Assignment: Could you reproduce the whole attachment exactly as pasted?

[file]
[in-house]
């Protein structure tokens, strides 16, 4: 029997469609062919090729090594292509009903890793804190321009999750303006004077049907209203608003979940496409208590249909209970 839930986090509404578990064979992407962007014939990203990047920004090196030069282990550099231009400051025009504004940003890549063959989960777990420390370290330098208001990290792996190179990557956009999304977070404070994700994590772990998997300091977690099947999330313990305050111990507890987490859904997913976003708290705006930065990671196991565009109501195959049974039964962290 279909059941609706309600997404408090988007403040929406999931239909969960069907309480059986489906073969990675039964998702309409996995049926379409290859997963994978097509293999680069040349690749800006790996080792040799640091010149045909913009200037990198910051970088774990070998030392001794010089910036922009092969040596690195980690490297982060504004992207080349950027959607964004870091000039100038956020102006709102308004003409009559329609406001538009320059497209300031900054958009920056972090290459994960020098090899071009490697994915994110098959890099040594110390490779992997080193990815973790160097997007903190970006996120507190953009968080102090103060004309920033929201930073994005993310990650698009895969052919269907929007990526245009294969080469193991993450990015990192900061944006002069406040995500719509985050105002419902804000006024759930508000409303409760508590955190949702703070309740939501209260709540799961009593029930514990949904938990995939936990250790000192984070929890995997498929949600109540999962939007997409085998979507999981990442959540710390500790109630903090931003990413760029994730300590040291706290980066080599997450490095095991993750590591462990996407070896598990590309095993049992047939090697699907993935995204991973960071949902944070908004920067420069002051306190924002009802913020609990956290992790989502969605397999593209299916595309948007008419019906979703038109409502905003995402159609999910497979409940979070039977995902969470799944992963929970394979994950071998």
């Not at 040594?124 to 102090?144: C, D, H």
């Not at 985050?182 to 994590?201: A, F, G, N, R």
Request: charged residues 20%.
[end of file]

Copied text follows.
[in-house]
């Protein structure tokens, strides 16, 4: 029997469609062919090729090594292509009903890793804190321009999750303006004077049907209203608003979940496409208590249909209970 839930986090509404578990064979992407962007014939990203990047920004090196030069282990550099231009400051025009504004940003890549063959989960777990420390370290330098208001990290792996190179990557956009999304977070404070994700994590772990998997300091977690099947999330313990305050111990507890987490859904997913976003708290705006930065990671196991565009109501195959049974039964962290 279909059941609706309600997404408090988007403040929406999931239909969960069907309480059986489906073969990675039964998702309409996995049926379409290859997963994978097509293999680069040349690749800006790996080792040799640091010149045909913009200037990198910051970088774990070998030392001794010089910036922009092969040596690195980690490297982060504004992207080349950027959607964004870091000039100038956020102006709102308004003409009559329609406001538009320059497209300031900054958009920056972090290459994960020098090899071009490697994915994110098959890099040594110390490779992997080193990815973790160097997007903190970006996120507190953009968080102090103060004309920033929201930073994005993310990650698009895969052919269907929007990526245009294969080469193991993450990015990192900061944006002069406040995500719509985050105002419902804000006024759930508000409303409760508590955190949702703070309740939501209260709540799961009593029930514990949904938990995939936990250790000192984070929890995997498929949600109540999962939007997409085998979507999981990442959540710390500790109630903090931003990413760029994730300590040291706290980066080599997450490095095991993750590591462990996407070896598990590309095993049992047939090697699907993935995204991973960071949902944070908004920067420069002051306190924002009802913020609990956290992790989502969605397999593209299916595309948007008419019906979703038109409502905003995402159609999910497979409940979070039977995902969470799944992963929970394979994950071998």
């Not at 040594?124 to 102090?144: C, D, H």
């Not at 985050?182 to 994590?201: A, F, G, N, R």
Request: charged residues 20%.